Cubs

Cubs twitter account throws shade at lack of Super Bowl drama, then Patriots rally

Cubs twitter account throws shade at lack of Super Bowl drama, then Patriots rally

Super Bowl LI didn't appear to be a very exciting game when the Atlanta Falcons built a substantial lead in the first half.

When the Falcons were in command of the game and looked to be headed for the franchise's first Super Bowl title, the Chicago Cubs' twitter account took a shot in a tweet comparing the drama of Game 7 of the World Series to the Super Bowl.

That was when it was 28-3 in the third quarter. Of course the Patriots scored the last 25 points in regulation to tie things up in the final minute and the game went to overtime in one of the most dramatic Super Bowls ever. It was also the first overtime in Super Bowl history.

But hey, the Cubs saw the opening and took it to the tune of more than 2,000 retweets.

Willson Contreras, expert at going viral, tells hilarious profanity-laced story from 2019

Willson Contreras, expert at going viral, tells hilarious profanity-laced story from 2019

Willson Contreras and viral moments at Cubs Convention go hand-in-hand.

At the team’s annual fan festival in 2018, Contreras stole the show with a story from the 2017 season. During a mound visit against the Cardinals, the Cubs catcher gave profanity-laced advice to Jon Lester, the Cubs starter who rarely throws pickoffs due to a serious case of the yips.

"I went out there and I said, 'Hey motherf--ker, throw the f--king ball to first,'” Contreras recalled in January 2018.

Contreras stole the show again Saturday, telling a story about a moment against the Cardinals — this time from the 2019 season.

“So last year, we were facing the Cardinals and I started talking to [Marcell] Ozuna,” Contreras said. “He told me ‘Just call a fastball right down the middle.’ [And I said] ‘Yeah okay, I will.’ Then I called the fastball and he took it.

“I told him ‘What the f— are you talking about? Just hit the ball, just hit it.’

“He asked me ‘Just call it again.’ And I did it. He took it. Swing the [bat]. I called a third pitch and it was a strikeout. And then next time it was like just ‘Shut up,” or something."

Warning: graphic language

How Contreras will top this at 2021 Cubs Convention is uncertain, but considering he now has two viral moments on his resume, we can be sure the next one will be just as amazing.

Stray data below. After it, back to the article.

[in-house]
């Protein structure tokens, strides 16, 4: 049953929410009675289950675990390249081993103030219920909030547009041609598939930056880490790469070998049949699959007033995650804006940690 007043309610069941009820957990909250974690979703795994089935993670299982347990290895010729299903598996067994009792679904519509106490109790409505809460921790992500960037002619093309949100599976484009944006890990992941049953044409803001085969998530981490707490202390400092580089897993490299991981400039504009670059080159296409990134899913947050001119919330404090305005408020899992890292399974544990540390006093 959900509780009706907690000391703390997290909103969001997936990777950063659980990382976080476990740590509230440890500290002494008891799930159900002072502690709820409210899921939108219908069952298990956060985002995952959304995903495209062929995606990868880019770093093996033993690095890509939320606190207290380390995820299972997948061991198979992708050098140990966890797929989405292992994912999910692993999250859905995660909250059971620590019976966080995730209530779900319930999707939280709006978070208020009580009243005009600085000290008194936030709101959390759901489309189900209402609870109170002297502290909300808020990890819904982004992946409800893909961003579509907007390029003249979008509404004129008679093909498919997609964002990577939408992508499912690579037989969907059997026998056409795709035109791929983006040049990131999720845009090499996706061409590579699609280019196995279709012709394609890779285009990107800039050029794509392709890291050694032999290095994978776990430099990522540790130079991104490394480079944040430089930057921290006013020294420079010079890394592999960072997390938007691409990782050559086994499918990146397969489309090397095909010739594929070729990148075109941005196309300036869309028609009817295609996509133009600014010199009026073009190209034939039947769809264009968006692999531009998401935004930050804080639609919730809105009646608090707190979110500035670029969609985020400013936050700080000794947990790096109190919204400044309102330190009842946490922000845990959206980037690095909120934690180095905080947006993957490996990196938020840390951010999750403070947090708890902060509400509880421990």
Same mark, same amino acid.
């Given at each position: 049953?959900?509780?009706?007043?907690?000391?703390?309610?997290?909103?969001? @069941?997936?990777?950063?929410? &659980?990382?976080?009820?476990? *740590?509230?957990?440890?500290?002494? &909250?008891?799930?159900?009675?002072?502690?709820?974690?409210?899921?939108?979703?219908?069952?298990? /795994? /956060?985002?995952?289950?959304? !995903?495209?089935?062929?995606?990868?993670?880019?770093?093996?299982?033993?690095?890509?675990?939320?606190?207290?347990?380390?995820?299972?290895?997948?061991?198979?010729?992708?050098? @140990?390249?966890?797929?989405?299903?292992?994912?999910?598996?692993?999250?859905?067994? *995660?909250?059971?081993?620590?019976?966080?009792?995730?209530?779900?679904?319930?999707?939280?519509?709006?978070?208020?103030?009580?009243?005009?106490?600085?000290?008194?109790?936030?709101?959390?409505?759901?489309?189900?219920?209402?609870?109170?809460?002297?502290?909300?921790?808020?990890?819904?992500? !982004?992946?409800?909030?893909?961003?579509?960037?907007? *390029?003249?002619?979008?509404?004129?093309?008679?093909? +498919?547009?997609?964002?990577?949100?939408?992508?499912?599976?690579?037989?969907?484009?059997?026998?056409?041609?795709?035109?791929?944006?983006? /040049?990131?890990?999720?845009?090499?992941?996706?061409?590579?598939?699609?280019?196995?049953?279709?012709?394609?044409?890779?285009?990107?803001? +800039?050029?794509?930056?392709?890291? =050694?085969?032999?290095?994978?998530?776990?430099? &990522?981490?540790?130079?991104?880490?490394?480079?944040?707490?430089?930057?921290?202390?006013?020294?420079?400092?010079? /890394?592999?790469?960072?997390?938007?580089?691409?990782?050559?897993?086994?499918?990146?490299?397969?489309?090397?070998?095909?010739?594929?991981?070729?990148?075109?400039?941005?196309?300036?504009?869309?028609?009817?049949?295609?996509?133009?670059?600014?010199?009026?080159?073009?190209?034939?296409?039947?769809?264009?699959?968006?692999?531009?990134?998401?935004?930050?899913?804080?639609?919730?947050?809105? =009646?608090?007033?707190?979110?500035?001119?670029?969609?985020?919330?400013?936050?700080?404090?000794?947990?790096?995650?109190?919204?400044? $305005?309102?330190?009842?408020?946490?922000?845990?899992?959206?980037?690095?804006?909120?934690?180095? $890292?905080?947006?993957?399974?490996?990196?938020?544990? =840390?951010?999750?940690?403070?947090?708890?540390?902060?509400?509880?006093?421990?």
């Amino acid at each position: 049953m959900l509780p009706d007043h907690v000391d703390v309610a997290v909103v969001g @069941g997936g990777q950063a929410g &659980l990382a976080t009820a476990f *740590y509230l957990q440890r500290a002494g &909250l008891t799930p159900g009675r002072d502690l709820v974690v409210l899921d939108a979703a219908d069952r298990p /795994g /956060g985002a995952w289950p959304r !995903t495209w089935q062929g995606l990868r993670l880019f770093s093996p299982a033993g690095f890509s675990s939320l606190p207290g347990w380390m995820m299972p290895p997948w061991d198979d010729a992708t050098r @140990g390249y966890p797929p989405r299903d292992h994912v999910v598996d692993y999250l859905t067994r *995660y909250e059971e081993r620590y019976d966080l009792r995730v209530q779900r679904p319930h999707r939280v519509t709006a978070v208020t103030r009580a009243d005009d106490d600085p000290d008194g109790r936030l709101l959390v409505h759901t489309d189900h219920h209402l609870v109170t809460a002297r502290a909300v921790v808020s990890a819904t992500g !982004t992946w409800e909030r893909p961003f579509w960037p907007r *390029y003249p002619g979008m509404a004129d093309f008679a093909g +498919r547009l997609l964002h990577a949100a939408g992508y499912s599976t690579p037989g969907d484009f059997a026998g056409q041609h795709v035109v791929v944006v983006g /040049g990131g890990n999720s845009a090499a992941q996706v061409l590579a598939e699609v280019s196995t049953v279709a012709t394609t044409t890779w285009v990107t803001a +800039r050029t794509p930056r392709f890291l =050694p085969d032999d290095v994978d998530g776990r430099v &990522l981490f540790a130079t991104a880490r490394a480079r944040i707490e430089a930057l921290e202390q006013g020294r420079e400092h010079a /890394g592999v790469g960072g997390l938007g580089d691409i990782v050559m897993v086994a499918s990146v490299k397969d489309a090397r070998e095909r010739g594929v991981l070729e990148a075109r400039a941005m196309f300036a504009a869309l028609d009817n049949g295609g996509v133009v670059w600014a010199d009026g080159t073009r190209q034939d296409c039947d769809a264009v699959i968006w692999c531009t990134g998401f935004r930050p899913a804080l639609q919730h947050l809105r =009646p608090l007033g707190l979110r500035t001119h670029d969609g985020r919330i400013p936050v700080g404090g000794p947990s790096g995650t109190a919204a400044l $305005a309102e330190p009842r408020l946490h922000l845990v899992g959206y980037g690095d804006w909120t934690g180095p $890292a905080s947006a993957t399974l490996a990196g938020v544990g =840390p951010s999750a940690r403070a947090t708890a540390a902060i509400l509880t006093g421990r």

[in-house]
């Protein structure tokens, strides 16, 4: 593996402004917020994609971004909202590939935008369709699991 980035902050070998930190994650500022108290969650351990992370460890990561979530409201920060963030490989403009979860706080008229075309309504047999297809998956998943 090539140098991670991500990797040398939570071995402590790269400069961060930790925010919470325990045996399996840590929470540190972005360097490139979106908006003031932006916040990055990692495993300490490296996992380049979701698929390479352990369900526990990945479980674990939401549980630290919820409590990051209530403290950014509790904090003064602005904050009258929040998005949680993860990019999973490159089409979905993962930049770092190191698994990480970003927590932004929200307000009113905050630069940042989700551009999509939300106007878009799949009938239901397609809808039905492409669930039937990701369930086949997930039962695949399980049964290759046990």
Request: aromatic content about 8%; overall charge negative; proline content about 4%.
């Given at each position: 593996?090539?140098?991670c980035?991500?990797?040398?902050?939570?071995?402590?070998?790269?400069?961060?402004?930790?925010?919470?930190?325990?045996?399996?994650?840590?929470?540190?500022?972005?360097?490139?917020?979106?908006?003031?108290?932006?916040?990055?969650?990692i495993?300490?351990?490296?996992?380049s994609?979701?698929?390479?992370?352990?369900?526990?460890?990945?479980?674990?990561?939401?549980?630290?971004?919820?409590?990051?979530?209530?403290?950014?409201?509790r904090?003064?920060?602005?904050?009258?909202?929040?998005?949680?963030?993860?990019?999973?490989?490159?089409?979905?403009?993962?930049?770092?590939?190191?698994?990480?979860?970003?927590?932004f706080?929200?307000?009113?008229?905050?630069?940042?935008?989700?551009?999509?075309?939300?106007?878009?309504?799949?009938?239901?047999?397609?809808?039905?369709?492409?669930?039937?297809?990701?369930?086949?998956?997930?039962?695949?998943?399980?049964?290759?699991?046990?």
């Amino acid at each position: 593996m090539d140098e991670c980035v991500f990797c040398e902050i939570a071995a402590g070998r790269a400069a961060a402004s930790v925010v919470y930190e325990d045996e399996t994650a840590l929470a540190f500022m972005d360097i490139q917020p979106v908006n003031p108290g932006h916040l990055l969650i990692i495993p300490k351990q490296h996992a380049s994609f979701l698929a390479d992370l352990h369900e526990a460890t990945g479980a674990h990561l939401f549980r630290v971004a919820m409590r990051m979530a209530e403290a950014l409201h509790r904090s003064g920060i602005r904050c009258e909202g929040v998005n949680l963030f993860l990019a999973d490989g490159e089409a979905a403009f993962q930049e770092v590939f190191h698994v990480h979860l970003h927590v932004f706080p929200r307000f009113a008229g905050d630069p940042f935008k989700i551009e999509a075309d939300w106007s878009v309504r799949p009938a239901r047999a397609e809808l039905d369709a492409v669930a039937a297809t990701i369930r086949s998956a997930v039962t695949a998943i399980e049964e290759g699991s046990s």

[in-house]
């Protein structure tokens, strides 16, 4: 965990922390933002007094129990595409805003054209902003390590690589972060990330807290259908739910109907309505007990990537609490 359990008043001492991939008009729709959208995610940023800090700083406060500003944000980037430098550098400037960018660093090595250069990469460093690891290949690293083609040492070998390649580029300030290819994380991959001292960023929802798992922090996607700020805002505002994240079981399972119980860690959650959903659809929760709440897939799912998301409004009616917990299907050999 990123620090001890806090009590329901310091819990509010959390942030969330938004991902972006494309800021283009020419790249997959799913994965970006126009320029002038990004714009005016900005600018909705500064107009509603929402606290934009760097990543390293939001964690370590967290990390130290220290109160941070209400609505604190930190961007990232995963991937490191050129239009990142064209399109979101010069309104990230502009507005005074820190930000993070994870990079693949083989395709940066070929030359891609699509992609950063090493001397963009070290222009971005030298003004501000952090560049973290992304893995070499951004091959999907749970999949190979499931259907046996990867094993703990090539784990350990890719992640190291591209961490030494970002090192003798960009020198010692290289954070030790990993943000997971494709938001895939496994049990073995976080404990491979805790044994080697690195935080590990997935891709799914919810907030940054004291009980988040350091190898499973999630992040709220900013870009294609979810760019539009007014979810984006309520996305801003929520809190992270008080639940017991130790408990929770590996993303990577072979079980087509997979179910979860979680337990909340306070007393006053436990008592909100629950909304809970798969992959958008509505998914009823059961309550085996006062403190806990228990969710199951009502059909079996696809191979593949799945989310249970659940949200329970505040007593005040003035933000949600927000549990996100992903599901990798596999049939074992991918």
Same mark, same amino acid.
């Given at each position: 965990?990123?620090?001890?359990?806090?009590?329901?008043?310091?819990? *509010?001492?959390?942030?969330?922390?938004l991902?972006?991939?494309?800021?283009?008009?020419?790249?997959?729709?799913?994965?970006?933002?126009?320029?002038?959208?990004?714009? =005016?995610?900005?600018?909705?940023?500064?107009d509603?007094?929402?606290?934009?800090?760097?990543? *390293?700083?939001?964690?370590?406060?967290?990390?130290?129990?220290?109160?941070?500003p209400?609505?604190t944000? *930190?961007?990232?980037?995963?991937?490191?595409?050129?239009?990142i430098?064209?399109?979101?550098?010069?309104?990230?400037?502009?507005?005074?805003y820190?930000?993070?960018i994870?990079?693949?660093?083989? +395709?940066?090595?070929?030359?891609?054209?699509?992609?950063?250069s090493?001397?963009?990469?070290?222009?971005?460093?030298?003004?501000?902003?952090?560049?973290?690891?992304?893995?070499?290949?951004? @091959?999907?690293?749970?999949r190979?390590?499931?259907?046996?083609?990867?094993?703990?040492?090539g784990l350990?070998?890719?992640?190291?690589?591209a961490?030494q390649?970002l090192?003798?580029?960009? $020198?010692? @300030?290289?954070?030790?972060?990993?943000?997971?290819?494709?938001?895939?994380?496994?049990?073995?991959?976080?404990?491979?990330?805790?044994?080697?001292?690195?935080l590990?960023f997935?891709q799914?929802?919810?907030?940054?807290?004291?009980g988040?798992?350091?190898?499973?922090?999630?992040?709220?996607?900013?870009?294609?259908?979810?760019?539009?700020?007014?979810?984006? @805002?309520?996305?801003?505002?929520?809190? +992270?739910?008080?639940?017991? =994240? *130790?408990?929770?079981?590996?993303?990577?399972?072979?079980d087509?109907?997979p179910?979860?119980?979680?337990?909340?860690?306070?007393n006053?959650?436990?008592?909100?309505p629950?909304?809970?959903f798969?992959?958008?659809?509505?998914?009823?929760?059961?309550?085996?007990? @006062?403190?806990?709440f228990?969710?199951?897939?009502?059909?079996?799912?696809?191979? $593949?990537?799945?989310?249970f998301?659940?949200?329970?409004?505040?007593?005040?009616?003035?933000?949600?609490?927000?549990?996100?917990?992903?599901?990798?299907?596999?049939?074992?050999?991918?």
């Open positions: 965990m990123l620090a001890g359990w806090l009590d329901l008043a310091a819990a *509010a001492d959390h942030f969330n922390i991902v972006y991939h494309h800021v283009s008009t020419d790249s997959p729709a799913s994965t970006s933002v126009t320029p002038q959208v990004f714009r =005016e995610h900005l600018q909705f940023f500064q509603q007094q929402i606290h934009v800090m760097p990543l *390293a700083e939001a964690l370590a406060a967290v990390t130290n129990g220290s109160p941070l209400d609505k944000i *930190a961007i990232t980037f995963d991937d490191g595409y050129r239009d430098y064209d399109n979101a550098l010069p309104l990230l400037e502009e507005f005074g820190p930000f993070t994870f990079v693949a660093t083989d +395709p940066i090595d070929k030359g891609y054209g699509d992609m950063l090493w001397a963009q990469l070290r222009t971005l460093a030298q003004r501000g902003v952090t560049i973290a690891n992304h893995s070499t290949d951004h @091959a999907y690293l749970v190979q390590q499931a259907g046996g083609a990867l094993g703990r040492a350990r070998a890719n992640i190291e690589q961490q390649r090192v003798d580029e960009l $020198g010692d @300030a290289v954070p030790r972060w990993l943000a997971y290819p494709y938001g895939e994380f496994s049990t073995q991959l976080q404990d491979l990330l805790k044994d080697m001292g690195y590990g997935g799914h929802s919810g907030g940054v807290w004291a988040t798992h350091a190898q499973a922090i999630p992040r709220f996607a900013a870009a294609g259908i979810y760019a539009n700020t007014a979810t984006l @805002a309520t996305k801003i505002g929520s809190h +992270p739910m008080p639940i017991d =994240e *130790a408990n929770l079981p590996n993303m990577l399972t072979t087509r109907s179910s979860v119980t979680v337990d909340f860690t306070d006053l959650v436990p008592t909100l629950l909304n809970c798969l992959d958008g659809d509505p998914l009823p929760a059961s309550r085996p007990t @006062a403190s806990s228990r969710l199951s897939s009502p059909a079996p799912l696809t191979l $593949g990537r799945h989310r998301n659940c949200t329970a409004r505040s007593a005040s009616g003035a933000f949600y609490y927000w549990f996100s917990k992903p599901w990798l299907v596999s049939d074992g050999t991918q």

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Cubs announce plans for extended protective netting at Wrigley Field for 2020

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USA TODAY

Cubs announce plans for extended protective netting at Wrigley Field for 2020

Baseball fans will be more protected than ever at Wrigley Field this season.

Saturday, Cubs president of business operations Crane Kenney announced the club is extending protective netting at Wrigley Field to the elbows of the ballpark. Essentially, it will stretch a bit past where the old on-field bullpens were and stop before the walls in the left and right field corners.

Kenney added the extensions will be ready by Opening Day.

Last month, MLB commissioner Rob Manfred announced all 30 ballparks will extend their netting for the 2020 season. Manfred didn’t specify which teams would do what, but he said netting at each stadium would extend “substantially beyond the end of the dugout.”

With pitchers throwing harder than ever and batter exit velocities are through the roof, fans have little time to react in the stands when a ball is launched their way. It’s nearly impossible to avoid getting hit, even for those paying attention.

The Cubs have experienced this firsthand. In a game against the Astros last season, an Albert Almora Jr. foul ball struck a 2-year-old at Minute Maid Park. That young girl has a permanent brain injury, her family’s attorney announced earlier this month, an injury that affects her body similar to how a stroke would.

Almora was visibly shaken after the incident and said Friday at Cubs Convention it weighed heavily on him for the first couple of days.

“After that I had no other choice but to move forward,” Almora said. “But I always have that in the back of my mind. Every update that does come up, I am on there and I am seeing all of this."

Almora said he’s tried reaching out to the family but is respecting their privacy. As a father of two himself, he said there’s no reason to even think of his sons getting hurt while attending a game.

“Obviously prayers go out to the family. It’s unfortunate, and like I said before, that should never happen on a baseball field."

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